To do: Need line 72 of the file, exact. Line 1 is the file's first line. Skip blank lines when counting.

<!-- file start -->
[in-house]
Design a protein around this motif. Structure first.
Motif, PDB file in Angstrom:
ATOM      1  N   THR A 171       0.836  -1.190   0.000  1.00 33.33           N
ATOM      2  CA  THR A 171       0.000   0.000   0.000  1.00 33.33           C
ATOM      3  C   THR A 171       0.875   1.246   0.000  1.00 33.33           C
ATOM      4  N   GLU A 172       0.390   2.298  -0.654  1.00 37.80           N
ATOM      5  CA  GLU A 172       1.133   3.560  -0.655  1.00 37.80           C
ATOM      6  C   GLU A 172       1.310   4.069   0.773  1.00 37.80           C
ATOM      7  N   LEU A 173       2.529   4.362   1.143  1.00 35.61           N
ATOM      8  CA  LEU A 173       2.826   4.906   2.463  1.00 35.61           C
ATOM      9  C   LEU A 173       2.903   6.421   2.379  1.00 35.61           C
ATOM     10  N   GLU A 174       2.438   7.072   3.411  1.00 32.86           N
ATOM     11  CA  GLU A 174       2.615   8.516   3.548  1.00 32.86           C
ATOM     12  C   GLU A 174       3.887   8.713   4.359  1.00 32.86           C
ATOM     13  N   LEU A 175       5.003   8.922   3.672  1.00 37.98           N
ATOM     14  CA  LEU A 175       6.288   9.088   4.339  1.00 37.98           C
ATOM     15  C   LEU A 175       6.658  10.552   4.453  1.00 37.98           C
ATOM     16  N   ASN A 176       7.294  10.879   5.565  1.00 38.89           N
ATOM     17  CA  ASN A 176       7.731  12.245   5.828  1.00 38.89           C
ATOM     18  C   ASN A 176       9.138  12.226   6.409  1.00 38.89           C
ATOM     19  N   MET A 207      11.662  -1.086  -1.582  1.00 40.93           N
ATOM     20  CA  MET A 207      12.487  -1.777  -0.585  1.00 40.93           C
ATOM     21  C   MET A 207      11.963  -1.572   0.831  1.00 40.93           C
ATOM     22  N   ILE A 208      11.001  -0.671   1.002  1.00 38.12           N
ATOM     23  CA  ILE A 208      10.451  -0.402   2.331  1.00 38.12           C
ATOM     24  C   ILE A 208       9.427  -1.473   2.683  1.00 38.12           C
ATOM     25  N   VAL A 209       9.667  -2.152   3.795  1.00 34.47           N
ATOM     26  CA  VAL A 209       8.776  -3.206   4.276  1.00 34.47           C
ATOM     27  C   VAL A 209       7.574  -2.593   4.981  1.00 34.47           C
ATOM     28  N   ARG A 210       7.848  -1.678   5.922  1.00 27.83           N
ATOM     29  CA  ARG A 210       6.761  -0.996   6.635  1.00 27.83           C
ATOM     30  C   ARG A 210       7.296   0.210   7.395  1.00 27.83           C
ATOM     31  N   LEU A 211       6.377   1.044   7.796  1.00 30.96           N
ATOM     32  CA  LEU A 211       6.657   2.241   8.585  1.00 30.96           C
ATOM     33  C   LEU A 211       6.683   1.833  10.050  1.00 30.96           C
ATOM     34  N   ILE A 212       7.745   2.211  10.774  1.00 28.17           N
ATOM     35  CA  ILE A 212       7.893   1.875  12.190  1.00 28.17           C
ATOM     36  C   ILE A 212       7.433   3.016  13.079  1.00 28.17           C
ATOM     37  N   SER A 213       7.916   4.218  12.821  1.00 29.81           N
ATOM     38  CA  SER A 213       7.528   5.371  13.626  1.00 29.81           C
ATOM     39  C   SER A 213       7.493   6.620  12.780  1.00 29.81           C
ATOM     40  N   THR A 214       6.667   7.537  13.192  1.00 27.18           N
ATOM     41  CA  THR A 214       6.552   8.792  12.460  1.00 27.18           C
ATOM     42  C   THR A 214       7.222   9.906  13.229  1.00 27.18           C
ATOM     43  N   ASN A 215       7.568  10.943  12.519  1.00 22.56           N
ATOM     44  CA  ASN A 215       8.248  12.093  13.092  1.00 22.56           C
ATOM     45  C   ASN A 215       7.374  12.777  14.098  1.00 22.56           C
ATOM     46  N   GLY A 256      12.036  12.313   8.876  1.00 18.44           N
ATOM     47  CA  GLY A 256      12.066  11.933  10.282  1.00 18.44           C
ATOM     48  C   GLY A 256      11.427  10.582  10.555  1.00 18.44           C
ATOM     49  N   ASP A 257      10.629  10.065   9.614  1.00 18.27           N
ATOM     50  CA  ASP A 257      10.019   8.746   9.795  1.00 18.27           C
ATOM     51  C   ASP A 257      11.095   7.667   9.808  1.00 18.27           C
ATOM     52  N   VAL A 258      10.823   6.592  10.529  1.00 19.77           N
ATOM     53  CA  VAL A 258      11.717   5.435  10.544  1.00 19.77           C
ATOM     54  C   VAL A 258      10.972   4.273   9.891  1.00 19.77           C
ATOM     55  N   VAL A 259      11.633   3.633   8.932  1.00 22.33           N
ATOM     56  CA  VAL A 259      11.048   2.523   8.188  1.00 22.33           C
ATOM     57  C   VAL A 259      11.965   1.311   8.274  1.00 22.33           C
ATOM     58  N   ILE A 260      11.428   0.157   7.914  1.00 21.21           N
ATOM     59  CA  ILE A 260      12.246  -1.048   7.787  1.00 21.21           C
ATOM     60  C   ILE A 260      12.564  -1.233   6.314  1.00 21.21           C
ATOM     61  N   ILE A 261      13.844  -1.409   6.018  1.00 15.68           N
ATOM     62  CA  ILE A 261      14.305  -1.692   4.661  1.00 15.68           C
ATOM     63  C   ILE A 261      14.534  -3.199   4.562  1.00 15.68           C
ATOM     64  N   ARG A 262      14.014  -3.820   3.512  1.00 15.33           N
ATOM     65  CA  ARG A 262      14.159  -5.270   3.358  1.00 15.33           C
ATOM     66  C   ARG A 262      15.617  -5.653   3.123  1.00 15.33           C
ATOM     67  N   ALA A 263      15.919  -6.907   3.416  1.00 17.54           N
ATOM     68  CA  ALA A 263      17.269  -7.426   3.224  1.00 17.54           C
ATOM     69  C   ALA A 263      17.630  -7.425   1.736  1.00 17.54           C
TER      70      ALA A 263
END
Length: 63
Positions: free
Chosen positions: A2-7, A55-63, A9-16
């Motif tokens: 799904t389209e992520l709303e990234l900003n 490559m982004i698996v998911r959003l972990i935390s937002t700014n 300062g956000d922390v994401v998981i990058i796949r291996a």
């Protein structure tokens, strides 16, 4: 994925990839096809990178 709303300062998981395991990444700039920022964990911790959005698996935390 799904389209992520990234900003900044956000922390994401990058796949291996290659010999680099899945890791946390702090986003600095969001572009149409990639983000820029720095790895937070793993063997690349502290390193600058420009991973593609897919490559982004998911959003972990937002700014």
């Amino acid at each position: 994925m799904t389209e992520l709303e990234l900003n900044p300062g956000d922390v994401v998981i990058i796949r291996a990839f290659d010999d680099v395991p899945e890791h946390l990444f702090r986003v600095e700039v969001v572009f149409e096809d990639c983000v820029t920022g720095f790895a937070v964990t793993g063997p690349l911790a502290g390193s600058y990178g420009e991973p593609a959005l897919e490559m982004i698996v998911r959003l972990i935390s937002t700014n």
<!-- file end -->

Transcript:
ATOM     69  C   ALA A 263      17.630  -7.425   1.736  1.00 17.54           C